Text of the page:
British business leaders from companies including BT (L:BT) andCentrica (L:CNA) said they wanted a three-year Brexit transitional deal to protect jobs in Britain and Europe.
In a letter organised by the Confederation of British Industry (CBI), more than 100 companies employing a total of more than one million people in Britain and the European Union said they needed to make decisions now about investment that will affect jobs in the future.
“Until transitional arrangements can be agreed and trade discussed the risk of ‘no deal’ remains real and has to be planned for, with inevitable consequences for jobs and growth on both sides,” it said.
Brussels has said talks on Britain’s future trading relationship with the EU can only start after the other 27 EU governments are satisfied that “sufficient progress” has been made on the terms of the departure. Britain is due to leave the union, deal or no deal, in late March 2019.
Crude oil prices started the week on the front foot on Monday, holding near the five-month highs seen last week, amid optimism over the outlook for global supply and demand.
U.S. West Texas Intermediate (WTI) crude futures tacked on 22 cents, or around 0.5%, to $50.66 a barrel by 4:15AM ET (0815GMT), not far from a five-month high of $50.88 touched last Thursday.
Meanwhile, Brent crude futures, the benchmark for oil prices outside the U.S., was up 3 cents, or less than 0.1%, to $55.65 a barrel. It traded as high as $55.99 intraday Thursday, a level last seen since May.
WTI crude saw a rise of 5.1% last week, while Brent ended about 3.4% higher for the week, with both benchmarks marking the strongest weekly gains since the week ended July 28.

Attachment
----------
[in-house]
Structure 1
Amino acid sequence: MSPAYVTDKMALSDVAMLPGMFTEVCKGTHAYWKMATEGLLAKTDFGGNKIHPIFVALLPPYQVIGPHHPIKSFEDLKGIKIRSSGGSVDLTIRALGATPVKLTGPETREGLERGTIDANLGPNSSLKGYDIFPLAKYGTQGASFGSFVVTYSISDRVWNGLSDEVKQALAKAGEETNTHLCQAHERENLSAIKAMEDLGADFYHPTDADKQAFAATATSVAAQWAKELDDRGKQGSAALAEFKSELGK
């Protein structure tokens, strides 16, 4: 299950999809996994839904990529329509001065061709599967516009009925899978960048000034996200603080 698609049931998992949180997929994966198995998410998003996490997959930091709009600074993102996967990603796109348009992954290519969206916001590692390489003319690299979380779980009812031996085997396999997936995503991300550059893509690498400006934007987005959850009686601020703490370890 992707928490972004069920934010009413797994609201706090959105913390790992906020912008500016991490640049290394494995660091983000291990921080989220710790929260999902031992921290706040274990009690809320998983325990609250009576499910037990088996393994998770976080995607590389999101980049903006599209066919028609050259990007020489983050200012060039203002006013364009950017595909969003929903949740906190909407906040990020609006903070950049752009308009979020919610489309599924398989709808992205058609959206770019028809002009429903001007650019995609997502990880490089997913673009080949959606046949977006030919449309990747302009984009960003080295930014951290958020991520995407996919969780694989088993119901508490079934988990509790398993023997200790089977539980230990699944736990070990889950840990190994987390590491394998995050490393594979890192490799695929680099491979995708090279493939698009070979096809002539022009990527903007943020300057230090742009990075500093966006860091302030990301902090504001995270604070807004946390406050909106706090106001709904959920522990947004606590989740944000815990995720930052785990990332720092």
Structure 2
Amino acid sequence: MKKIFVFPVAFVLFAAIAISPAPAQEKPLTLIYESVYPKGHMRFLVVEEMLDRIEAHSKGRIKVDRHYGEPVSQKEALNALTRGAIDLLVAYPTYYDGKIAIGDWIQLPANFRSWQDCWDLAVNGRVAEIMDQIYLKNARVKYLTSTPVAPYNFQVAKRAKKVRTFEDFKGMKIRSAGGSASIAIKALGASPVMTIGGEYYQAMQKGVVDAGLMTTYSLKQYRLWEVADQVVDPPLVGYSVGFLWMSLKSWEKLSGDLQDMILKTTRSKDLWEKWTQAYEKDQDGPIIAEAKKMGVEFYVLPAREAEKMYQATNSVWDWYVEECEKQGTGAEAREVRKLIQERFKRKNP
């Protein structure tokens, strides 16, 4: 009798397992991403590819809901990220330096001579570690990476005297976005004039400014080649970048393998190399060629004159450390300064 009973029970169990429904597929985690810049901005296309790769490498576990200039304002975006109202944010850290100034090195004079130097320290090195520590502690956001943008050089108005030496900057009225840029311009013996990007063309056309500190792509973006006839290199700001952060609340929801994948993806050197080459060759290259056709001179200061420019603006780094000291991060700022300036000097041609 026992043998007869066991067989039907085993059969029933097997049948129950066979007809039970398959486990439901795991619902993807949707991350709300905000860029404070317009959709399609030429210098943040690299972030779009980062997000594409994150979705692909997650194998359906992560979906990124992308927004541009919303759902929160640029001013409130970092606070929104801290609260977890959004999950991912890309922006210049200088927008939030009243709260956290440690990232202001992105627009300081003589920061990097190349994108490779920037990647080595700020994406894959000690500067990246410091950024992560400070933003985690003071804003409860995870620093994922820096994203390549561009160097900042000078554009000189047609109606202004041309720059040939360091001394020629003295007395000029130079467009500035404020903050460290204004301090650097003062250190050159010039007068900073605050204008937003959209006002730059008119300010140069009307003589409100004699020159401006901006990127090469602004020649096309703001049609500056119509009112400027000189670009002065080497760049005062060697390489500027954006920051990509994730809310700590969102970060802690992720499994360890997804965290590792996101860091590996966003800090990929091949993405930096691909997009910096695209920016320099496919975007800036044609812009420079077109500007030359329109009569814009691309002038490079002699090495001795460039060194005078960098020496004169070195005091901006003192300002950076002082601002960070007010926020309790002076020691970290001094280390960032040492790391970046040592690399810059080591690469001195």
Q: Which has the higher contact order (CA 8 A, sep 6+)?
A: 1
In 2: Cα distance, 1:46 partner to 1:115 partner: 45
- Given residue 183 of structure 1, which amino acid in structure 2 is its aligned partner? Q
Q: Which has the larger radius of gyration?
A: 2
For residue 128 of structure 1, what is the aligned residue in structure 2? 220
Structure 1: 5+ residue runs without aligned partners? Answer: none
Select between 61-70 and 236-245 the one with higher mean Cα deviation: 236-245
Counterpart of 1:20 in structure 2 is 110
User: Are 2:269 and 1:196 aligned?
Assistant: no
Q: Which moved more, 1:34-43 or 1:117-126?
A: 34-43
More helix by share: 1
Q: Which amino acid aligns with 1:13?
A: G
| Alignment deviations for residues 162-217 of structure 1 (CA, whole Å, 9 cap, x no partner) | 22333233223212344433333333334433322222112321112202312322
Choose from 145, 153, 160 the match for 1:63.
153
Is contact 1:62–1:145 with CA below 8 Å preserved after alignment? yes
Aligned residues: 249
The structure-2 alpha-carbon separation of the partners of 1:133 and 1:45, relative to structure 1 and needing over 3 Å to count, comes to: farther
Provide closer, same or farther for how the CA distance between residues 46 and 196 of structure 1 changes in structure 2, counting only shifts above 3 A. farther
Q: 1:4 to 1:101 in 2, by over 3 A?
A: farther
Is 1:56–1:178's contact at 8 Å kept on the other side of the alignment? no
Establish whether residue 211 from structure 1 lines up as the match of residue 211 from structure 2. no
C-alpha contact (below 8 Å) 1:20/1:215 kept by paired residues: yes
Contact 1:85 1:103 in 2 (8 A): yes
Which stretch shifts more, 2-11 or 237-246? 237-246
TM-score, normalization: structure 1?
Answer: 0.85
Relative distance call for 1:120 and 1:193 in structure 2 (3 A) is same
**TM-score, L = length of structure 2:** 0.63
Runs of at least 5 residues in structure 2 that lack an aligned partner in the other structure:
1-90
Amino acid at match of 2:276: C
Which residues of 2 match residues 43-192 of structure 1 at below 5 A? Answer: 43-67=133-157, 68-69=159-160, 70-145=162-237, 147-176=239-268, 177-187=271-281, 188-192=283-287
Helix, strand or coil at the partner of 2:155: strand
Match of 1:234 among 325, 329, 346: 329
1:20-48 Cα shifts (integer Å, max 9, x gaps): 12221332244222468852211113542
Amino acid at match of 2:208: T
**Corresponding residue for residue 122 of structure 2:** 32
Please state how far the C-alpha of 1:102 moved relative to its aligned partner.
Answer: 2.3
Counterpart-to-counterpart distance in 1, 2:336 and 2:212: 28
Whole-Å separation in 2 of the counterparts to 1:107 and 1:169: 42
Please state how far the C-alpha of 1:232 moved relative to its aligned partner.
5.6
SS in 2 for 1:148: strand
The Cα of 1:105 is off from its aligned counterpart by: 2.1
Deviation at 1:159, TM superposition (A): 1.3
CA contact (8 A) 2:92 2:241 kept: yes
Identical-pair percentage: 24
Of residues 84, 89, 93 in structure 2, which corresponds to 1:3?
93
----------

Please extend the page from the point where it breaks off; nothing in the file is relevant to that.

Sentiment in the oil market was boosted by last week’s bullish demand forecasts from the Organization of the Petroleum Exporting Countries and the International Energy Agency.
The data also showed that global oil production fell last month for the first time since March, boosting optimism that the market is rebalancing.
Airbus (PA:AIR) has filed a legal submission to Austrian prosecutors denying any wrongdoing in response to allegations of fraud and wilful deception linked to a $2 billion fighter deal.
Europe’s largest aerospace company hit back against Defence Minister Hans Peter Doskozil, saying his public accusations disregarded the presumption of innocence and thus violated Airbus’s economic and fundamental rights.
Vienna prosecutors are investigating Airbus, the Eurofighter consortium (L:BAES) (MI:LDOF) and individuals including Airbus chief Tom Enders following a legal complaint from the defence ministry over the 2003 jet purchase.
The dollar held steady on Monday, as it began to recover from Friday’s losses caused by downbeat U.S. economic reports and as markets turned their attention to the Federal Reserve policy meeting this week.
The greenback had broadly weakend after data on Friday showed that U.S. industrial and manufacturing production unexpectedly fell in August.
Elsewhere, EUR/USD was little changed at 1.1941, while GBP/USD slipped 0.21% to trade at 1.3564, just off a fresh 15-month peak of 1.3619 hit overnight.
Sterling remained broadly supported after Gertjan Vlieghe, an external member of the Bank of England’s monetary policy committee, said that interest rates could rise “as early as in the coming months.”
The comments came after the BoE indicated in its policy statement on Thursday that interest rates could rise faster than expected amid accelerating inflation.